NAIROBI, Kenya, Sep 17 – Chief Justice Martha Koome has assured the members of the civil society that the judiciary is committed to speedy determination and conclusion of court cases through active case management and adequate staffing.
Koome was speaking on Friday during a meeting which brought together heads of several civil organizations including the ICJ Kenya, International Justice Mission, Kenya Human Rights Commission, Centre for Rights Education and Awareness, TI-Kenya, Amnesty International and the Wangu Kanja Foundation.
The Chief Justice stated that her office is dedicated to ensuring no case drags in court.
“I assured them of expeditious determination of cases through Active Case Management to achieve the goal of not having a case that takes more than three years in a trial court and one year in an appellate court,” Koome said following the virtual meeting.
During Friday’s meeting, Koome detailed her aspiration for continued collaboration with the civil society to maintain and protect the independence of the judiciary.
Judiciary has come under fire from other government agencies and the executive arm which have accused judicial officers of being the weak link in the fight against corruption.
Concerns on intimidation of judges have also emerged following the arrest of High Court judges Said Juma Chitembwe and Aggrey Muchelule on claims of corruption and abuse of office by the Directorate of Criminal Investigation (DCI) on July 22.
Koome told the civil society actors that the Judiciary ought to and must be independent from both state and non-state actors adding that its quest for independence should not be interpreted as judicial detachment from other actors in the society.
The CJ said that the Judiciary will improve the capacity of the court user committees to ensure enhanced service delivery in courts across the country.
“Judiciary will strengthen Court User Committees which are central to the realization of my vision for each court station becoming a ‘center of excellence’ that innovates unique interventions suitable to its peculiar needs through a participatory and consultative process,” said Koome.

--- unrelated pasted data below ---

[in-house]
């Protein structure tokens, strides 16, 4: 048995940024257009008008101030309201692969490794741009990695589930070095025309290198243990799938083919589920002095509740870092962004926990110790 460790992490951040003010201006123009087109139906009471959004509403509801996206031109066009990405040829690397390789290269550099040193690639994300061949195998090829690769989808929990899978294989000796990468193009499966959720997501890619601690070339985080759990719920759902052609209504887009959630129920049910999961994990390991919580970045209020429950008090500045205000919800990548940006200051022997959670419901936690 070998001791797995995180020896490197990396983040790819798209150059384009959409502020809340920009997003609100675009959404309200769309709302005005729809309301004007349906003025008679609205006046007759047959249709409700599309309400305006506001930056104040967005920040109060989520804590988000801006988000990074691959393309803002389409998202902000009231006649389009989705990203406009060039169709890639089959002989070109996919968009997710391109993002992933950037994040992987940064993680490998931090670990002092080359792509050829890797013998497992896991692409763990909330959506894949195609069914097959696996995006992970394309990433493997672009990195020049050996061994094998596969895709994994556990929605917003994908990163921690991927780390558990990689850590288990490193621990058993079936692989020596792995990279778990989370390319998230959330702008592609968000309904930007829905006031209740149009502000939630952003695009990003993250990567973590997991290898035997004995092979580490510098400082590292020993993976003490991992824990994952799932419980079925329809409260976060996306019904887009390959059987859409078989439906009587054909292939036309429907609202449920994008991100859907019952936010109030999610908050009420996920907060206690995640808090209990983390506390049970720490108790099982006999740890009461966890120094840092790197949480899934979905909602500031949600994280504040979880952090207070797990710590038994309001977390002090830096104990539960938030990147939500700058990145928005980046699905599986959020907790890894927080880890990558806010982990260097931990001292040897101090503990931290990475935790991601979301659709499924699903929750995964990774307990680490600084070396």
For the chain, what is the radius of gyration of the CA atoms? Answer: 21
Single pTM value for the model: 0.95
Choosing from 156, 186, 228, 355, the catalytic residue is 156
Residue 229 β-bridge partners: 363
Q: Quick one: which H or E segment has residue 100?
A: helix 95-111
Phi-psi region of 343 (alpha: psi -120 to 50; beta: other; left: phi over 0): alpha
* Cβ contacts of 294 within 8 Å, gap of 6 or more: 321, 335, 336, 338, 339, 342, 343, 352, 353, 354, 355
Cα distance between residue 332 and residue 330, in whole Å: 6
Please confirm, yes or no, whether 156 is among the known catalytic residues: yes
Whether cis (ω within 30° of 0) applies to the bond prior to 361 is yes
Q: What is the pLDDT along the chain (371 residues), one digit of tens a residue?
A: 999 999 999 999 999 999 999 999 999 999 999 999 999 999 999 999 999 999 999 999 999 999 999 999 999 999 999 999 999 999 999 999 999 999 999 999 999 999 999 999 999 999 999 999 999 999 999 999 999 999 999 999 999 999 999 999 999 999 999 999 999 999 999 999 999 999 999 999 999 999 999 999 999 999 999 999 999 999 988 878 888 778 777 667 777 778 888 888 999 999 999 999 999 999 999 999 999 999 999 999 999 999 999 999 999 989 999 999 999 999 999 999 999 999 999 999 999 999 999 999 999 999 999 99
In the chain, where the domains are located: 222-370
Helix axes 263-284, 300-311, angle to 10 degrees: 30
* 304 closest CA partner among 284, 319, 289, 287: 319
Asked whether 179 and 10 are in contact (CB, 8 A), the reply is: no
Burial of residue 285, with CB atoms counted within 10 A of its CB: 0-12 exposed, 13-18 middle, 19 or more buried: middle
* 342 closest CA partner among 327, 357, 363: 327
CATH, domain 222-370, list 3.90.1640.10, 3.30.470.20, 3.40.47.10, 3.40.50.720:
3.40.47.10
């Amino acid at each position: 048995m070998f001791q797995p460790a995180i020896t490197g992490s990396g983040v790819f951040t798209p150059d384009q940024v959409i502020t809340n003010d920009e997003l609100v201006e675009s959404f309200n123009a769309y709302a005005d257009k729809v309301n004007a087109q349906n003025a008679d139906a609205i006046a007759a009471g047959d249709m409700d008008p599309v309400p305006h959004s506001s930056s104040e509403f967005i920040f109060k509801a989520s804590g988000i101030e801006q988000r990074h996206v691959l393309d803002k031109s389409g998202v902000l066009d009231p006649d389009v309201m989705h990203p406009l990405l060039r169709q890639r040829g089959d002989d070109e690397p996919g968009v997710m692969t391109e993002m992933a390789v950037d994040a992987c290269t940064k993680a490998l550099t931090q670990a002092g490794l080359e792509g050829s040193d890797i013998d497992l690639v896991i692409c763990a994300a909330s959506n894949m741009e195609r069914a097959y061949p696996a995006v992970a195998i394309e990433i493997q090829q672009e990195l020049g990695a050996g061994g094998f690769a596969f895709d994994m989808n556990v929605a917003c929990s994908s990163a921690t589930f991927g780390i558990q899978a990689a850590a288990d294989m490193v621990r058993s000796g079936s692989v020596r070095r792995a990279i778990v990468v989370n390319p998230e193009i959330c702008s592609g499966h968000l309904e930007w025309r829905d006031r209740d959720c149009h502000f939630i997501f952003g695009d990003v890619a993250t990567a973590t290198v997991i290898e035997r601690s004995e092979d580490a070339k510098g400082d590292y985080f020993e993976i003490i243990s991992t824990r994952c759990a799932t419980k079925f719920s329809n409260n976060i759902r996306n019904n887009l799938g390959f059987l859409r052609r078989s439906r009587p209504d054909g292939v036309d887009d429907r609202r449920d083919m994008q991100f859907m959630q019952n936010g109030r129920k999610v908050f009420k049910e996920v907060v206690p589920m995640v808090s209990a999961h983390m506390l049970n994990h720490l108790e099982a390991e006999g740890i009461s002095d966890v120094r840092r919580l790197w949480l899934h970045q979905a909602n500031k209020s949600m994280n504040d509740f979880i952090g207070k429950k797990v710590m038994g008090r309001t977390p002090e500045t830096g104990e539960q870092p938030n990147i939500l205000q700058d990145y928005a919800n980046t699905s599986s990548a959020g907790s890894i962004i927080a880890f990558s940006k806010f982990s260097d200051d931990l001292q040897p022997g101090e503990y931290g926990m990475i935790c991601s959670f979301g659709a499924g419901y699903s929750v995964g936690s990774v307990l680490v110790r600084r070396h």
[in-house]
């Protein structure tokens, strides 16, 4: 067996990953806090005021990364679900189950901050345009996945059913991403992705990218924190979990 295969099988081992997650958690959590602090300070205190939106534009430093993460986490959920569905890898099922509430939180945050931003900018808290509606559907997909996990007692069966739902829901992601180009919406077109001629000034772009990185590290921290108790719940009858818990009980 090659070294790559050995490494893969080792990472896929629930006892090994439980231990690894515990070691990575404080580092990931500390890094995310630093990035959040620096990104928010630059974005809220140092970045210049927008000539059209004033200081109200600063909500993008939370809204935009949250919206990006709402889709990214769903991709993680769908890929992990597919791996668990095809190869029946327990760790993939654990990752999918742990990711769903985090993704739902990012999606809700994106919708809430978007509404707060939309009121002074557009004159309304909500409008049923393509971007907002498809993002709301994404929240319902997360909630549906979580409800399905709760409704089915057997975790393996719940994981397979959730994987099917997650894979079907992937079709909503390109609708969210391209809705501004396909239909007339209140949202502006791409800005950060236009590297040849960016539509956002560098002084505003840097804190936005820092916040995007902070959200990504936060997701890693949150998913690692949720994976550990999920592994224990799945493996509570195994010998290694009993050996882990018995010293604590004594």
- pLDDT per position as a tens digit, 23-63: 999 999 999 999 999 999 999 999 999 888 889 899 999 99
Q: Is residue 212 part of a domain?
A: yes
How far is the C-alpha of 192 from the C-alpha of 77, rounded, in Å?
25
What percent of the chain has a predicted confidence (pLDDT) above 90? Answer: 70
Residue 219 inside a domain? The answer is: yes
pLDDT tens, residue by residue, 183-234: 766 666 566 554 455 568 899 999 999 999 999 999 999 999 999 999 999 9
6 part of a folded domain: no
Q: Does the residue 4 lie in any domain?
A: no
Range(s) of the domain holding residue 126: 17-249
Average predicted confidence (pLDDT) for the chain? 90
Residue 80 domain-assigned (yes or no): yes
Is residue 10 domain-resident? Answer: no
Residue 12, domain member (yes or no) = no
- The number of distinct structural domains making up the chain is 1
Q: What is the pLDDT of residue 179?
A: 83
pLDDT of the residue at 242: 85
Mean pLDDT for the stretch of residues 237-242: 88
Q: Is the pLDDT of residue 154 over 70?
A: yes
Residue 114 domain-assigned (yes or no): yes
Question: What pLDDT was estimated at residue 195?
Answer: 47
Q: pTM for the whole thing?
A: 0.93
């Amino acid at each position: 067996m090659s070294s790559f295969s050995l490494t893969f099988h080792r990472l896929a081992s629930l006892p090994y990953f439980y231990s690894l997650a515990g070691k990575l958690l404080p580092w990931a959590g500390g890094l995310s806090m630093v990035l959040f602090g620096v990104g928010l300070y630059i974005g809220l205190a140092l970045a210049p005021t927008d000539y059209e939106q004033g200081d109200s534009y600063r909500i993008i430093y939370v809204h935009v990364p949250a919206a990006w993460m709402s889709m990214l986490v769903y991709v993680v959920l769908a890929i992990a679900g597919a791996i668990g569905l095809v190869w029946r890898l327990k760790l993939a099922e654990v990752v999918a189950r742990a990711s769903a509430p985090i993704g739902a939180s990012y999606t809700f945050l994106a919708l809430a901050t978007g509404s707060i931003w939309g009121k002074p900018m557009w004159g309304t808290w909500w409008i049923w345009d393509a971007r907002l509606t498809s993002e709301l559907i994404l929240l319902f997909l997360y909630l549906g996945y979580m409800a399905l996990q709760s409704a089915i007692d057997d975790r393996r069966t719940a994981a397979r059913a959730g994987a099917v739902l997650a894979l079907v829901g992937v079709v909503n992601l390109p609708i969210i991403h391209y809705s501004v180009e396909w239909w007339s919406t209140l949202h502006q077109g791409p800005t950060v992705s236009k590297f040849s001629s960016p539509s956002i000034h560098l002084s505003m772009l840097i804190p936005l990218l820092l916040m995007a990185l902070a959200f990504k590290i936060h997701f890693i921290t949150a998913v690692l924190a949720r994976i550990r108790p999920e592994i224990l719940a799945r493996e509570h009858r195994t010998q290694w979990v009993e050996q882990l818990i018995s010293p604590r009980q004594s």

She further stated that her office was paying special attention to corruption cases and will ensure that the Anti-Corruption and Economic Crimes Courts are adequately staffed to ensure cases are resolved on time.
Koome’s meeting with civil society actors came a day after she unveiled an 8-pillar judiciary transformation agenda anchored on efficiency, accountability and social justice.
Speaking in Nairobi during the launch of her vision of social transformation through access and the Performance Management and Measurement Understandings Report (PMMU), 2019/2020 Koome said the vision is a roadmap for the future of the Judiciary under her stewardship.
“On 21st May 2021, I took the oath of office as Kenya’s 15th Chief Justice following a transparent and competitive recruitment process by the Judicial Service Commission. Today, I see my tenure as Chief Justice as affording me and all who work in the Judiciary, the opportunity to champion the cause of realizing the dream of many Kenyans for this institution as signaled in the Constitution,” she said.
The Chief Justice said that the vision christened “Social Transformation Through Access to Justice” is predicated on eight guiding principles; Accessibility and Efficiency; Transparency and Accountability; Inclusiveness and Shared Leadership; Cooperative Dialogue and Social Justice.
Koome said that her vision for the Kenyan judiciary is to develop an independent, vibrant, efficient, and accessible institution that is responsive to the aspirations of Kenyans and serves as a true guardian of the rule of law and the democracy.